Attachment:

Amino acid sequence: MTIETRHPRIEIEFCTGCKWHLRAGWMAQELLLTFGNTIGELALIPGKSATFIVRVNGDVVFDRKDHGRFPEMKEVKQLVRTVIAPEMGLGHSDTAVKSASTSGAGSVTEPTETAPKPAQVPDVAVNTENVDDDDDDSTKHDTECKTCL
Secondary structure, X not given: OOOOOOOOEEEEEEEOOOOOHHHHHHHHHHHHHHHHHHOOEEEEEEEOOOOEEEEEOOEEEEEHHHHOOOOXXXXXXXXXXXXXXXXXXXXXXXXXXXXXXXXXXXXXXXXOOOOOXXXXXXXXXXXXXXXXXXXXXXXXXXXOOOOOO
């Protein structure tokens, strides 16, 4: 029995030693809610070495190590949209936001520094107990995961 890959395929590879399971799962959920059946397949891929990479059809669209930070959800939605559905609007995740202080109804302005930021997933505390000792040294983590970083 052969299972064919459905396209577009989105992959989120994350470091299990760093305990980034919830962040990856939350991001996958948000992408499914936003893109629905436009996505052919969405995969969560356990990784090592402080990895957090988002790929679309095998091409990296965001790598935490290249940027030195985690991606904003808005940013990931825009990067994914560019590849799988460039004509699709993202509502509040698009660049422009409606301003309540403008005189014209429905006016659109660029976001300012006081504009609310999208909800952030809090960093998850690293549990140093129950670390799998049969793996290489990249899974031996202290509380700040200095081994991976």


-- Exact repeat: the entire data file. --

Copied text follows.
Amino acid sequence: MTIETRHPRIEIEFCTGCKWHLRAGWMAQELLLTFGNTIGELALIPGKSATFIVRVNGDVVFDRKDHGRFPEMKEVKQLVRTVIAPEMGLGHSDTAVKSASTSGAGSVTEPTETAPKPAQVPDVAVNTENVDDDDDDSTKHDTECKTCL
Secondary structure, X not given: OOOOOOOOEEEEEEEOOOOOHHHHHHHHHHHHHHHHHHOOEEEEEEEOOOOEEEEEOOEEEEEHHHHOOOOXXXXXXXXXXXXXXXXXXXXXXXXXXXXXXXXXXXXXXXXOOOOOXXXXXXXXXXXXXXXXXXXXXXXXXXXOOOOOO
């Protein structure tokens, strides 16, 4: 029995030693809610070495190590949209936001520094107990995961 890959395929590879399971799962959920059946397949891929990479059809669209930070959800939605559905609007995740202080109804302005930021997933505390000792040294983590970083 052969299972064919459905396209577009989105992959989120994350470091299990760093305990980034919830962040990856939350991001996958948000992408499914936003893109629905436009996505052919969405995969969560356990990784090592402080990895957090988002790929679309095998091409990296965001790598935490290249940027030195985690991606904003808005940013990931825009990067994914560019590849799988460039004509699709993202509502509040698009660049422009409606301003309540403008005189014209429905006016659109660029976001300012006081504009609310999208909800952030809090960093998850690293549990140093129950670390799998049969793996290489990249899974031996202290509380700040200095081994991976």